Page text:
My regiment was there to support Three Para with all their logistical needs. We were told that the British army was there to keep the peace. But we actually ran out of artillery shells because they were calling it forwards to the front lines in such large quantities.

There was so much shelling there were periods when we would work solidly for 20 or 30 hours at a time.

There was an undercurrent of fear as well. I was fighting alongside people that ranged from just 18 years old to guys in the their mid-40s. We were hit by mortars and rockets.

Luckily, I never had to see one of my colleagues injured but the constant shelling does have an effect on people. A lot of guys, especially the younger ones, really struggled to cope.

Politicians

Afghan people were attacking us, even though our politicians said we were going in to help them. It came as a real shock. We kept asking ourselves, why are they doing this? That’s when I became aware that there was something seriously wrong with the war.

Initially we were told that we were in Afghanistan to put an end to the opium crop. Then we were told that it was to rebuild infrastructure. Then it was about bringing democracy – but none of this really seems to have happened.

Maybe there was an initial plan, but it kind of snowballed. By the end of my tour it was attrition and war fighting.

That had a massive impact on the Afghan civilian population who were put in a lot of danger. There’s no way you can fight a war without ordinary people getting caught up in it.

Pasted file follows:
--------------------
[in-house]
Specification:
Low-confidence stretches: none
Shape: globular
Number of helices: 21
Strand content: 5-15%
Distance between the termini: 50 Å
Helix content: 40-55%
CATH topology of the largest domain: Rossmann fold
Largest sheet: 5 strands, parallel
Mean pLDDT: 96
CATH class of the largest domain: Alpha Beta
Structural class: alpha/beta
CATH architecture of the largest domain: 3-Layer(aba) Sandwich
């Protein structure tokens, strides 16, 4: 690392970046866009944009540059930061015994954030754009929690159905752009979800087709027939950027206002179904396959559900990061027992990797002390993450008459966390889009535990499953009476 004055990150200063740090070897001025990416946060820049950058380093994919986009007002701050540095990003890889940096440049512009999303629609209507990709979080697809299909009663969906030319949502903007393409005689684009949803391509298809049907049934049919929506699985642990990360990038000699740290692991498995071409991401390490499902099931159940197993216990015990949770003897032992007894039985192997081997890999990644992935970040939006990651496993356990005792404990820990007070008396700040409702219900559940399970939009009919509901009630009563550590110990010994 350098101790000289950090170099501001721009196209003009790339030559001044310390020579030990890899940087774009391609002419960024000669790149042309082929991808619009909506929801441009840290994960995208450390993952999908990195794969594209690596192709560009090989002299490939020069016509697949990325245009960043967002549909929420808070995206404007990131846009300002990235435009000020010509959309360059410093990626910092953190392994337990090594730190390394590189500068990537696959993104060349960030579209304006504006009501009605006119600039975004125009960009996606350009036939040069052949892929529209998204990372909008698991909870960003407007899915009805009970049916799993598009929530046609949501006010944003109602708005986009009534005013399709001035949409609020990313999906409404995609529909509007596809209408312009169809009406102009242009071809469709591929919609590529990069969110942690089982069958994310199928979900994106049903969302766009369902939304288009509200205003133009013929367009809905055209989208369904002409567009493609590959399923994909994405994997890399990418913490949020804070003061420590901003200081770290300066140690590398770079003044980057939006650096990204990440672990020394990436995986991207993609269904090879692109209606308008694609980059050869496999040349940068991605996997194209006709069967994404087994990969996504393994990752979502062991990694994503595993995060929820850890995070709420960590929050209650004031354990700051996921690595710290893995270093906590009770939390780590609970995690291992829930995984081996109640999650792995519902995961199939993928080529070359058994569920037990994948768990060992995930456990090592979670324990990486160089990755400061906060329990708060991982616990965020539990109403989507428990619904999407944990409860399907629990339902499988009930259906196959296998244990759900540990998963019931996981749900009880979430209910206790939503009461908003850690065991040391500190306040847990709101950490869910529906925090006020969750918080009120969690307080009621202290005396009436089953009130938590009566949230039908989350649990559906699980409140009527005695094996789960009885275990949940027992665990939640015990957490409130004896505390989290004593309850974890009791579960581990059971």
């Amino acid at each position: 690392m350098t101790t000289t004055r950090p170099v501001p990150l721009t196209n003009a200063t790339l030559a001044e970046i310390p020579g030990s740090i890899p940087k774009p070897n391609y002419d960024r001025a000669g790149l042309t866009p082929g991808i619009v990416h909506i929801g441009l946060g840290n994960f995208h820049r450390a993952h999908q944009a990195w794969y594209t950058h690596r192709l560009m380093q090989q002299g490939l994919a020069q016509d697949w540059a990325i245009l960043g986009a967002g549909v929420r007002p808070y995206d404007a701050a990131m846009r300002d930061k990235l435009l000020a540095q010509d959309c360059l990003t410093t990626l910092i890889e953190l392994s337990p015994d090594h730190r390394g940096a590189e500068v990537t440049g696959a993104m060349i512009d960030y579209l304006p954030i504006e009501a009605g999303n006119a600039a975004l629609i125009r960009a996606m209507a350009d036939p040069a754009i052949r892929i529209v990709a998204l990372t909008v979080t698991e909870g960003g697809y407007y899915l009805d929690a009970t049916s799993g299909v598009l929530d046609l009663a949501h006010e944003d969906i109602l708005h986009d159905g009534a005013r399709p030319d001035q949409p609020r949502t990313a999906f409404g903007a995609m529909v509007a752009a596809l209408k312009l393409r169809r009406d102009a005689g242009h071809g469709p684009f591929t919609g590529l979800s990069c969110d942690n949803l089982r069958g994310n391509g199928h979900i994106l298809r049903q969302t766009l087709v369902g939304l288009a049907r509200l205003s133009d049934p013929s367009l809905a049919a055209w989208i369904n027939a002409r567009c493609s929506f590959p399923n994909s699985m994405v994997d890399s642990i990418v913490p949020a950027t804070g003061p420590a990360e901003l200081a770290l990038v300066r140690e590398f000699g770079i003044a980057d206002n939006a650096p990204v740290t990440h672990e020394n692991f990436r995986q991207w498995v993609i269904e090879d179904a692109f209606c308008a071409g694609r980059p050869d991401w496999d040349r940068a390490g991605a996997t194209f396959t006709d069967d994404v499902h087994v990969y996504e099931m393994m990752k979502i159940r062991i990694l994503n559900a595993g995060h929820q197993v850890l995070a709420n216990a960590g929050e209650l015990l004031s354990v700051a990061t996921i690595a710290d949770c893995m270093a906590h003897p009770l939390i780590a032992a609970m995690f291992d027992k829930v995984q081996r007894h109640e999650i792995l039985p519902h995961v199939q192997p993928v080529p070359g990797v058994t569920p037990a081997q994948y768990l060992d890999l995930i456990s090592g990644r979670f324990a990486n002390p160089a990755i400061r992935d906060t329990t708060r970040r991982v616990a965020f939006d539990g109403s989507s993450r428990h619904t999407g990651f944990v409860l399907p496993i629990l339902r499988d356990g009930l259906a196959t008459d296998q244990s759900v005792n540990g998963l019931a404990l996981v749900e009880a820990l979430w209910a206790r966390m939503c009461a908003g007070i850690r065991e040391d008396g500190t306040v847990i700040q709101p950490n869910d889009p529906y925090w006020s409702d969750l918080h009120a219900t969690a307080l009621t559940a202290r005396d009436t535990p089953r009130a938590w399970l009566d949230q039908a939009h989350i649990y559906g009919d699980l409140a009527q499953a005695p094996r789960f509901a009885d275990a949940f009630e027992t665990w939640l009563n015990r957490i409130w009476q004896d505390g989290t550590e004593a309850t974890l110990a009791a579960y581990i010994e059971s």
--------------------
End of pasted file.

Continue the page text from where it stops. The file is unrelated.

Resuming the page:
When I got back from my tour of Afghanistan I was quite shaken by the whole experience. But there’s a definite feeling running through the army that they just expect you to get on with it no matter what’s happened to you.

While I was still struggling to come to terms with my experiences in Afghanistan and adjusting to returning home, I was promoted and posted to another regiment. And from that point on things started to go very wrong.

I was singled out by a senior officer who started bullying me – and there is very little support for someone in the army who finds themselves in that position. I tried to go through the army’s formal procedure but it didn’t resolve the problem.

I realised at this point that I could no longer trust my chain of command. I felt like a victim of the “old boys’ club”.

Around the same time I was told that my regiment wanted to deploy me to Afghanistan again – even though this is against the harmony guidelines which stipulate a minimum time between tours of duty.

I’d only been back in Britain for about six or seven months.

At that point I decided that to protect myself my only course of action was to go absent. I was having some kind of a breakdown and I got away as far as I could to Asia, where I knew I could live cheaply for a couple of months.

My initial plan was to stay there for a while then come back to Britain and prepare to be courts martialed and kicked out of the army – but I just couldn’t deal with it.

So I pushed on to Australia, stayed there for two years on a working visa and met my now wife. Together we decided that I should come back and deal with things.

I’ve handed myself into the army, and I’m now on a fast track courts martial. As far as the army is concerned I’m guilty and it doesn’t matter what I’ve been through.

They’ve just upped the charge against me from absent without leave to desertion. In the worst case scenario I face two years in a civilian jail.

Meanwhile, the politicians who send us to Afghanistan don’t even seem prepared to spend the money that’s needed to keep us safe.

Looking at the way the war has developed, I don’t think Britain is doing any good there and I think our troops should come out.

All we’re doing now is stacking up casualties. The Afghan people will probably go with whoever is winning, and right now we’re not.’